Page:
Edina Morningside Community Church

Today’s scripture reading:
John 13:1-17
Sermon audio:

Last Thursday night, I joined Bob S. and Becky P. for one of our volunteer nights in Ainsworth Park with Perspectives. The three of us met other volunteers to register youth, give out Gatorade cups, and serve hamburgers at this weekly free summer activity. Kids of all races and ages milled around in a high-energy community spectacle—making crafts, shooting hoops or playing lawn games while parents, grandparents and other adults assisted wherever we could. We had more than enough volunteer help, so Becky and I joined Bob in starting a kickball game on the dusty field. We dug out bases, chose the best ball and hollered for kids to join in. We might have looked a little desperate at first—three adults and nobody to play with—but in a few minutes kids started lining up to kick the ball. There followed almost two hours of running, catching, bunting, coaching, and cheering, with more than twenty kids ranging from 4 to 18 years old. We managed to keep only a minimum of order, but it was better that way. Nobody got too hung up on field positions, rules or score—the biggest conflict was who got to pitch next. Youth joined and left their teams with no warning or notice. By the time we were done, I’d tripled my daily exercise goal, gone hoarse from the shouting, and caked my dress shoes with dust. To be honest, I was also a little embarrassed that Becky and Bob saw how much I’d gotten into the game! I’m supposed to play the part of mature adult here, right?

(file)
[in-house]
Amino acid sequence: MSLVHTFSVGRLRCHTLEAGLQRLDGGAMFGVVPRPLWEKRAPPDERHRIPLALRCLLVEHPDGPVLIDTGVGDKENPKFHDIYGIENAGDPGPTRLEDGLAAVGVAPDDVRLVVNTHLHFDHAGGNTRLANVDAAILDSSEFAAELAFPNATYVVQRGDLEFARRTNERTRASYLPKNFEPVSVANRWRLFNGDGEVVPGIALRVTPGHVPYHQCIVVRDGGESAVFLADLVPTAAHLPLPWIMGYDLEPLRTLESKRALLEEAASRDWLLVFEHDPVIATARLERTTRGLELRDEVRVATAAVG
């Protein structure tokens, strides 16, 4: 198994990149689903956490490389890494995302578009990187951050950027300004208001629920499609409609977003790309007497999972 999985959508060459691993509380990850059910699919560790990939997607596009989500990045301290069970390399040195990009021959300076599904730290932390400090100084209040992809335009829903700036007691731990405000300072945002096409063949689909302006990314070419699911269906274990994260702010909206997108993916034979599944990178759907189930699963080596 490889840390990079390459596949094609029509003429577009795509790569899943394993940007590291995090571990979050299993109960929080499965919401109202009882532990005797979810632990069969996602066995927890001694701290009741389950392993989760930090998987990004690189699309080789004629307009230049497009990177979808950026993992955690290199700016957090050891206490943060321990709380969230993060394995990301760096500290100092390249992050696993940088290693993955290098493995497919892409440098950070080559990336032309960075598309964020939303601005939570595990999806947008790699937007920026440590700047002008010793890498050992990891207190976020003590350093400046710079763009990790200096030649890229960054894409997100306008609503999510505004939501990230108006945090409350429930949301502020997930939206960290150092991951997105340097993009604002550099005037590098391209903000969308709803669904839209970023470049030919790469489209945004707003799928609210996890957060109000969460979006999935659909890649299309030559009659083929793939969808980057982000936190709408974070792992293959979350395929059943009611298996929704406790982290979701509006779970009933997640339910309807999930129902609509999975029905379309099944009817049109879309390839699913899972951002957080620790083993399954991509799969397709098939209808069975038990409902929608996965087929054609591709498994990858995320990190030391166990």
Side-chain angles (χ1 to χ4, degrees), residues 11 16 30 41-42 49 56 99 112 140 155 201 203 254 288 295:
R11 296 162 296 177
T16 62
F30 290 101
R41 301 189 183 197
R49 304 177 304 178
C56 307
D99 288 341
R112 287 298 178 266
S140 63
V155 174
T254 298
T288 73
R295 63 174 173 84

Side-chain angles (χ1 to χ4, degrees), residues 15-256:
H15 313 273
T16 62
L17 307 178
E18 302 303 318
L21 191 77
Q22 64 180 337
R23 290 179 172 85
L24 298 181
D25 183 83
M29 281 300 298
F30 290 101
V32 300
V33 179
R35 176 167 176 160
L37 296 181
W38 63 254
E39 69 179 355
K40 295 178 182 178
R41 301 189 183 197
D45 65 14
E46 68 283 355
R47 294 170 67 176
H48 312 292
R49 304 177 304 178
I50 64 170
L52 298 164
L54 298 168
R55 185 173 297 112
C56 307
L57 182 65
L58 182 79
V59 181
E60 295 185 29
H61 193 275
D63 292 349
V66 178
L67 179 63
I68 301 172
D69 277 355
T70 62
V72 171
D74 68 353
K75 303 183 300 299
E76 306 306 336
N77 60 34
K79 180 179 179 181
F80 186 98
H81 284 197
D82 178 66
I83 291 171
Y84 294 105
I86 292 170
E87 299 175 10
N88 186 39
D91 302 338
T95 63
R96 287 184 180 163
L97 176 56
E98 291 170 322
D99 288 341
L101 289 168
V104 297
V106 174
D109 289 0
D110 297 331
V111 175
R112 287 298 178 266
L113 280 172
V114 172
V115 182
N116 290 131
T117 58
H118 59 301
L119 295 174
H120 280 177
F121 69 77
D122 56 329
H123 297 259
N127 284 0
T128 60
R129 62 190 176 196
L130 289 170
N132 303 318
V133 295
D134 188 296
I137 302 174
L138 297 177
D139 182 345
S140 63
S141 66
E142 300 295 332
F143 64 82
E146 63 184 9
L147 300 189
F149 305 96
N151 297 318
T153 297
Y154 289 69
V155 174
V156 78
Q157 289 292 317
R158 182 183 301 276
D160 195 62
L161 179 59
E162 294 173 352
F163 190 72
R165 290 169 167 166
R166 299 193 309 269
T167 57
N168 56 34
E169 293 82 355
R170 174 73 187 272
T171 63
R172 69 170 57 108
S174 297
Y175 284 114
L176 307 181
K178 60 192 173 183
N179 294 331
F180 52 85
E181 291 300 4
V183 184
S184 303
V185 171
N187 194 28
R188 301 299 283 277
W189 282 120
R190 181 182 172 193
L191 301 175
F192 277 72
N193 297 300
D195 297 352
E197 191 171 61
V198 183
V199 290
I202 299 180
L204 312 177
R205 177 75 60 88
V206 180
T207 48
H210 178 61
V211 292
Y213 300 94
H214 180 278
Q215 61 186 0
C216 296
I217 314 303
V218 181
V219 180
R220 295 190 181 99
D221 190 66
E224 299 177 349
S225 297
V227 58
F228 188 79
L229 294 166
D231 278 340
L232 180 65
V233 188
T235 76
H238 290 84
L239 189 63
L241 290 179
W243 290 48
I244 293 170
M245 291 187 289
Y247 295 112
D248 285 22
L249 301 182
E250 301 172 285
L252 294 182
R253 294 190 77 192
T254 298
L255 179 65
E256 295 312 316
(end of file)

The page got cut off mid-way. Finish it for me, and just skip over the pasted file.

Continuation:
These Thursday nights at Perspectives are one of the many ways that Edina Morningside Church shares the joy of Christ’s love by welcoming and serving in the greater community. I don’t know about you, but my default understanding of such service opportunities is rather one-directional: we’re called upon to help others who are less fortunate. The kids at this activity may not have parents who can spend time with them, or families who can afford to send them away to summer enrichment activities. We show up and help out with our time and talents so that these kids have healthy local fun and maybe even stay out of trouble. We build community, learn names, and show that they matter to us. These are my assumptions about what we bring to the encounter, and what others receive from it.

All that may be true, but it’s also incomplete. If I continue to assume there is an “I” or “we” who gives, and some “other” who receives, the divide between “us” and “them” persists, no matter how well-intentioned I may be. It also obscures the needs of those who give, and the gifts of those who receive. Christ-like service is based instead on relationships of mutuality, where all lift and serve each other, just maybe at different times or in different ways.